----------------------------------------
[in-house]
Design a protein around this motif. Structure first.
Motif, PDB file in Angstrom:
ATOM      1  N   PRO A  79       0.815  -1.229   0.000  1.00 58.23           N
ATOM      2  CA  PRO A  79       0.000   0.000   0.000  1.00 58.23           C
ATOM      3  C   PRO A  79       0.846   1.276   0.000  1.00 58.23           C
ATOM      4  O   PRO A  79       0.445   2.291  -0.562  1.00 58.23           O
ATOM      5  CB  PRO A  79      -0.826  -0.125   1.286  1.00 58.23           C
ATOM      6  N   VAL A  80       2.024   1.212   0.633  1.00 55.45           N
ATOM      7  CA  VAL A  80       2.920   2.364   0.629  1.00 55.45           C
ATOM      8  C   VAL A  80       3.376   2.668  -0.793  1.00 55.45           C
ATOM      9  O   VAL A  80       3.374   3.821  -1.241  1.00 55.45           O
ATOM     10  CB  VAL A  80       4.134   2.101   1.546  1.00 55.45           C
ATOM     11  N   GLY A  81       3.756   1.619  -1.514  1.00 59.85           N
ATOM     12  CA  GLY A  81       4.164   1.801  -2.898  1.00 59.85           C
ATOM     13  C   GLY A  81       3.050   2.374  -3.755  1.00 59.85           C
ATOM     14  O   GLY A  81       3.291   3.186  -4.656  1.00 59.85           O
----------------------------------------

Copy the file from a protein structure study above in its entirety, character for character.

[in-house]
Design a protein around this motif. Structure first.
Motif, PDB file in Angstrom:
ATOM      1  N   PRO A  79       0.815  -1.229   0.000  1.00 58.23           N
ATOM      2  CA  PRO A  79       0.000   0.000   0.000  1.00 58.23           C
ATOM      3  C   PRO A  79       0.846   1.276   0.000  1.00 58.23           C
ATOM      4  O   PRO A  79       0.445   2.291  -0.562  1.00 58.23           O
ATOM      5  CB  PRO A  79      -0.826  -0.125   1.286  1.00 58.23           C
ATOM      6  N   VAL A  80       2.024   1.212   0.633  1.00 55.45           N
ATOM      7  CA  VAL A  80       2.920   2.364   0.629  1.00 55.45           C
ATOM      8  C   VAL A  80       3.376   2.668  -0.793  1.00 55.45           C
ATOM      9  O   VAL A  80       3.374   3.821  -1.241  1.00 55.45           O
ATOM     10  CB  VAL A  80       4.134   2.101   1.546  1.00 55.45           C
ATOM     11  N   GLY A  81       3.756   1.619  -1.514  1.00 59.85           N
ATOM     12  CA  GLY A  81       4.164   1.801  -2.898  1.00 59.85           C
ATOM     13  C   GLY A  81       3.050   2.374  -3.755  1.00 59.85           C
ATOM     14  O   GLY A  81       3.291   3.186  -4.656  1.00 59.85           O